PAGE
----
The Arvada Center took home eight of the 28 competitive awards, including Outstanding Production of a Play for its contemporary adaptation of Sense and Sensibility — on wheels.
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Geoffrey Kent appears like a walking ghost, embodying the role of Annie’s brother. This part is a real breakthrough for Kent, who’s made a whole career of playing confident, sunny, swash-buckling characters. Georgie is a sad and simple storm-cloud of a man, portrayed by Kent with substance and honesty.
…and then there’s Geoffrey Kent, almost choking on his own impotent fury as George…
BEST DIRECTOR: Geoffrey Kent directed Waiting for Godot at the Arvada Center in the spring, followed by The Foreigner in fall, and his talent for comic schtick — evident in both productions though very differently employed in each — is peerless. -Juliet Wittman, WESTWORD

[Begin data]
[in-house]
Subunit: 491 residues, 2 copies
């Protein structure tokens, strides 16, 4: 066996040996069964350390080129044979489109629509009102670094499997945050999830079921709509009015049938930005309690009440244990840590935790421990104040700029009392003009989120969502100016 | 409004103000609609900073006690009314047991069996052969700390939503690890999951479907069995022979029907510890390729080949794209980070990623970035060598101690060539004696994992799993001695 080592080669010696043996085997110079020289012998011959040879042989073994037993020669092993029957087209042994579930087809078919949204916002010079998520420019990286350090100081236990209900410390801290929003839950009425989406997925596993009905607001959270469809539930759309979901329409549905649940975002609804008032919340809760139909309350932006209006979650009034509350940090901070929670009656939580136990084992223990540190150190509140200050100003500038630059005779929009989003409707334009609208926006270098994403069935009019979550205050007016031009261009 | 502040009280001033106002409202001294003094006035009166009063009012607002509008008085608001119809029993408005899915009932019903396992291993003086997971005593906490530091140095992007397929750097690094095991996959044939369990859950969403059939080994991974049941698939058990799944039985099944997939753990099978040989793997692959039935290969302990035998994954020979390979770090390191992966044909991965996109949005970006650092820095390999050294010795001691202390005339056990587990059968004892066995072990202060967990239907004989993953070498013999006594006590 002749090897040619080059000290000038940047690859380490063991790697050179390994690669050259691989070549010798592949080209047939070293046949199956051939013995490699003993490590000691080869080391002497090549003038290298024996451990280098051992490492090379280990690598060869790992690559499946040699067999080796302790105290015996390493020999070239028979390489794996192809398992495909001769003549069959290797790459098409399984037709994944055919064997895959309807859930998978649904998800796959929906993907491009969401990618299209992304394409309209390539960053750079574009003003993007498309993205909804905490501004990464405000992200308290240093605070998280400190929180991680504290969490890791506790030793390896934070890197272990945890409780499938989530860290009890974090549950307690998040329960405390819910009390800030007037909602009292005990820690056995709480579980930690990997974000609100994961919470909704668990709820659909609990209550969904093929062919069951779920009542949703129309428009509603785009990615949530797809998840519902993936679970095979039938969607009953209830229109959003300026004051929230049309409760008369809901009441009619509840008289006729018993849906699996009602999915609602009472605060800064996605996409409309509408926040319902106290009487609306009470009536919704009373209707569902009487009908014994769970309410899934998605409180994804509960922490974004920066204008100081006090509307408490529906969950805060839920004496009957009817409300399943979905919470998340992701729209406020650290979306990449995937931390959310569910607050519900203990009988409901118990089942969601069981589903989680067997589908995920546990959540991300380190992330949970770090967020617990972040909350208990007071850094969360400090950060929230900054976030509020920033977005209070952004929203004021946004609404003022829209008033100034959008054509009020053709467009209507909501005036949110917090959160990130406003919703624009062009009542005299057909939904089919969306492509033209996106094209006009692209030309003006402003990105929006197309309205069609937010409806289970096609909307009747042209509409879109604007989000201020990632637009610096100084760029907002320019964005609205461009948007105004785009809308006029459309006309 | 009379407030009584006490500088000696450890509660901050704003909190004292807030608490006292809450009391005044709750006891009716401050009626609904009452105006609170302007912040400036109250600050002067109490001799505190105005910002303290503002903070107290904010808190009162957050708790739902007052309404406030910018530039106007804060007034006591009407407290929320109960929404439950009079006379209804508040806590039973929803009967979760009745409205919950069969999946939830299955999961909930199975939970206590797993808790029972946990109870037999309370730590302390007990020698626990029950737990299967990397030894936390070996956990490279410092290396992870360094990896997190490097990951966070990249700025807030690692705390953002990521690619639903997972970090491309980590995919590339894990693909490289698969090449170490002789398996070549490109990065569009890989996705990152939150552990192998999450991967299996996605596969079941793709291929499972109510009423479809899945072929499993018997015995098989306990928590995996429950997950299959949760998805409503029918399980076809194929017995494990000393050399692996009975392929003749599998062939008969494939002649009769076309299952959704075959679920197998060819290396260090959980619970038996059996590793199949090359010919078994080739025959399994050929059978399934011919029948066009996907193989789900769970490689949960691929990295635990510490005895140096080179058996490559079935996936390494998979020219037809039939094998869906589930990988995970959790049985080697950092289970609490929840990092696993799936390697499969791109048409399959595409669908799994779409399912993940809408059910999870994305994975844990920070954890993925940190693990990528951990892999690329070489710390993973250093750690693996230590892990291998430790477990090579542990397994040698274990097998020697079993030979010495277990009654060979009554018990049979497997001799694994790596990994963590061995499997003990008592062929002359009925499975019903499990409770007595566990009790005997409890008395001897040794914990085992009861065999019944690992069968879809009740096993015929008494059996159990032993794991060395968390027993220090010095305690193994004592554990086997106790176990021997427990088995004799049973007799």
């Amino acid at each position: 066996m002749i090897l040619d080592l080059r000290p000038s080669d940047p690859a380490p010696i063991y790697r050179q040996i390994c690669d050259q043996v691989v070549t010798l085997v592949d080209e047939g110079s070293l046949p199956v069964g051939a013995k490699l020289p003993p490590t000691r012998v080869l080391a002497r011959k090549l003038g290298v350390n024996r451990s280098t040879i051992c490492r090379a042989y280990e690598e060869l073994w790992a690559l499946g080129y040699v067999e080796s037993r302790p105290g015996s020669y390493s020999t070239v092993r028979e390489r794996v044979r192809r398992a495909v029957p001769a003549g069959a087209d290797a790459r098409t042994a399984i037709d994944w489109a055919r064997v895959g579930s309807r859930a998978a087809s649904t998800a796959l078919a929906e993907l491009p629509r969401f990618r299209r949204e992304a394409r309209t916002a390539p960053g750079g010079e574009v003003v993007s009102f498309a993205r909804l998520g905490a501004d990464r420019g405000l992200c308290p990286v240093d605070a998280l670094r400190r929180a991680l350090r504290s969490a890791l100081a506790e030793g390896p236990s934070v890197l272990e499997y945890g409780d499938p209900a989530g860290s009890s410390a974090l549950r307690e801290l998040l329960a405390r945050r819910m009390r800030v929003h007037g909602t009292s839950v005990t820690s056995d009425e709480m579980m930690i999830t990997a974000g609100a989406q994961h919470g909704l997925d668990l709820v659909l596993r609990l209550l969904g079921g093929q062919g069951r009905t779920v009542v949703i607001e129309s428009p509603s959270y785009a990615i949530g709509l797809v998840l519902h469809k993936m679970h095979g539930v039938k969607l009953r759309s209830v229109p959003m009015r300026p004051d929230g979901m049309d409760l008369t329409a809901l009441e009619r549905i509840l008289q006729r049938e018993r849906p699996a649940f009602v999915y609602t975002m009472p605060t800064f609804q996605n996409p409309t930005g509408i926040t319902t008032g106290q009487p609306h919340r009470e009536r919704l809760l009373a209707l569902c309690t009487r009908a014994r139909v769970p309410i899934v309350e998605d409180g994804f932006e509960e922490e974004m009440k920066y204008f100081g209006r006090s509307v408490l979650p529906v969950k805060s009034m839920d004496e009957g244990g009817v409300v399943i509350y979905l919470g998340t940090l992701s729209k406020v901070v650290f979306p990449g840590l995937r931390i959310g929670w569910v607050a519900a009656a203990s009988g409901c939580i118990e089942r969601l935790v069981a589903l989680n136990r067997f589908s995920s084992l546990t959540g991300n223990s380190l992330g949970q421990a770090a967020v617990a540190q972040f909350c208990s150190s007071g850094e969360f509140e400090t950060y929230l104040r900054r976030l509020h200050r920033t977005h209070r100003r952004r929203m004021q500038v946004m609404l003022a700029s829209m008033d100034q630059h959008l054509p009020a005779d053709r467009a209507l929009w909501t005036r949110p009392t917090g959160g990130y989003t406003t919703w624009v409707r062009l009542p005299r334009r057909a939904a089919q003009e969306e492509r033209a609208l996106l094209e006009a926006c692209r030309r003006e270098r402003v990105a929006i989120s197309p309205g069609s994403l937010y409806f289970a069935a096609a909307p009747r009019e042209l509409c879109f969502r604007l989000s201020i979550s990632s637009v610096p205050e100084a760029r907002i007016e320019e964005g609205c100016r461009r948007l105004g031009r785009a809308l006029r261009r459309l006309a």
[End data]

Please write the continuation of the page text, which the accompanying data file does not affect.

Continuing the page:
With Geoffrey Kent directing, you know a production’s physical humor will be duly exploited and the dialogue intelligently rendered while emotional undertones still get their due, and that’s how it is.
Opened three plays in as many days for the Utah Shakespeare Festival’s 2017 season.
As Oliver, Geoffrey Kent’s repentance seems so genuine that we never question it.
Here an emphasis on vaudevillian antics, including physical shtick reminiscent of the Marx brothers, offsets the difficulty of the philosophical exploration. Particularly in the first act, silliness eclipses the desperation and pointlessness. By the second act, when aching emptiness really kicks in, the darker, more disturbing tones take hold. -Joanne Ostrow, Denver Post
…very few share Geoffrey Kent’s mixture of intellectual curiosity and cheerful iconoclasm, his delight in fiddling with minute details while also introducing big bold moves … or his ability to sense the rhythm and poetry of a piece. -Juliet Wittman, WESTWORD
…Why did I laugh so hard, nearly all the way through? If it’s not masochism, it must be great theatre. Credit goes to Geoffrey Kent’s superb direction… -Patrick Dorn, patrickdorn.com